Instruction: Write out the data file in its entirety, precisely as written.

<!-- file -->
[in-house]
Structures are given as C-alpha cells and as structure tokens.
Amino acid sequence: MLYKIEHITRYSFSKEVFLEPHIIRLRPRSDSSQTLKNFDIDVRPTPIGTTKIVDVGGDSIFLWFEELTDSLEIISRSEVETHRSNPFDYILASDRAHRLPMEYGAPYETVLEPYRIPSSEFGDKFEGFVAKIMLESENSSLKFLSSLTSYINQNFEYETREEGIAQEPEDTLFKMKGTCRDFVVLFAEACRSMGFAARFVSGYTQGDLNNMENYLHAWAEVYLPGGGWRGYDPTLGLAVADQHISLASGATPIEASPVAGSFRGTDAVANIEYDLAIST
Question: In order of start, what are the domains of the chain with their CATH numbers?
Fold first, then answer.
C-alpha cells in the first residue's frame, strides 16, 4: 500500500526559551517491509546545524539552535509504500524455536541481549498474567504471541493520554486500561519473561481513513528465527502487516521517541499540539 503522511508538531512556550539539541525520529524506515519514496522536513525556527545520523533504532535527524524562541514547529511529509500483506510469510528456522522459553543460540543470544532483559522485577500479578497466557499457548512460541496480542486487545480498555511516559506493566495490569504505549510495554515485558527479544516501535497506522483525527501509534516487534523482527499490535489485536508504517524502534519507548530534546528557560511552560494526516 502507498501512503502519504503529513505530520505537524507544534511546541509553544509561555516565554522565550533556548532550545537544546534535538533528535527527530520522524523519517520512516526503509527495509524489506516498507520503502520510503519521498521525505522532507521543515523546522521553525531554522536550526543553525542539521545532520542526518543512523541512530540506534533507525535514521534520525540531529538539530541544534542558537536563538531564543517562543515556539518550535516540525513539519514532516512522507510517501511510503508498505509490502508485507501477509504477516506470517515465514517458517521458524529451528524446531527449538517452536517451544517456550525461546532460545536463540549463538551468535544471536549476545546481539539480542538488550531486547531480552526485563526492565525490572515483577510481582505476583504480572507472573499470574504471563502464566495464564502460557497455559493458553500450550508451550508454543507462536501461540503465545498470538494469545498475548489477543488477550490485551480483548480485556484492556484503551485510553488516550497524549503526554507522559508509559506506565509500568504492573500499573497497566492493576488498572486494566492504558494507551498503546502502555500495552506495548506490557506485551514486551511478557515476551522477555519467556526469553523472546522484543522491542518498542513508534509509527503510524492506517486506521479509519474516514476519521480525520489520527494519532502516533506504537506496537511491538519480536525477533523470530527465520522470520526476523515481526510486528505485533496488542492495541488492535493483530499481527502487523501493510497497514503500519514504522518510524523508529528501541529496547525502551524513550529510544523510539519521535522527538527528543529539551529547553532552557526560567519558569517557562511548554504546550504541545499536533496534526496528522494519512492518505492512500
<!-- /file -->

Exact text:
[in-house]
Structures are given as C-alpha cells and as structure tokens.
Amino acid sequence: MLYKIEHITRYSFSKEVFLEPHIIRLRPRSDSSQTLKNFDIDVRPTPIGTTKIVDVGGDSIFLWFEELTDSLEIISRSEVETHRSNPFDYILASDRAHRLPMEYGAPYETVLEPYRIPSSEFGDKFEGFVAKIMLESENSSLKFLSSLTSYINQNFEYETREEGIAQEPEDTLFKMKGTCRDFVVLFAEACRSMGFAARFVSGYTQGDLNNMENYLHAWAEVYLPGGGWRGYDPTLGLAVADQHISLASGATPIEASPVAGSFRGTDAVANIEYDLAIST
Question: In order of start, what are the domains of the chain with their CATH numbers?
Fold first, then answer.
C-alpha cells in the first residue's frame, strides 16, 4: 500500500526559551517491509546545524539552535509504500524455536541481549498474567504471541493520554486500561519473561481513513528465527502487516521517541499540539 503522511508538531512556550539539541525520529524506515519514496522536513525556527545520523533504532535527524524562541514547529511529509500483506510469510528456522522459553543460540543470544532483559522485577500479578497466557499457548512460541496480542486487545480498555511516559506493566495490569504505549510495554515485558527479544516501535497506522483525527501509534516487534523482527499490535489485536508504517524502534519507548530534546528557560511552560494526516 502507498501512503502519504503529513505530520505537524507544534511546541509553544509561555516565554522565550533556548532550545537544546534535538533528535527527530520522524523519517520512516526503509527495509524489506516498507520503502520510503519521498521525505522532507521543515523546522521553525531554522536550526543553525542539521545532520542526518543512523541512530540506534533507525535514521534520525540531529538539530541544534542558537536563538531564543517562543515556539518550535516540525513539519514532516512522507510517501511510503508498505509490502508485507501477509504477516506470517515465514517458517521458524529451528524446531527449538517452536517451544517456550525461546532460545536463540549463538551468535544471536549476545546481539539480542538488550531486547531480552526485563526492565525490572515483577510481582505476583504480572507472573499470574504471563502464566495464564502460557497455559493458553500450550508451550508454543507462536501461540503465545498470538494469545498475548489477543488477550490485551480483548480485556484492556484503551485510553488516550497524549503526554507522559508509559506506565509500568504492573500499573497497566492493576488498572486494566492504558494507551498503546502502555500495552506495548506490557506485551514486551511478557515476551522477555519467556526469553523472546522484543522491542518498542513508534509509527503510524492506517486506521479509519474516514476519521480525520489520527494519532502516533506504537506496537511491538519480536525477533523470530527465520522470520526476523515481526510486528505485533496488542492495541488492535493483530499481527502487523501493510497497514503500519514504522518510524523508529528501541529496547525502551524513550529510544523510539519521535522527538527528543529539551529547553532552557526560567519558569517557562511548554504546550504541545499536533496534526496528522494519512492518505492512500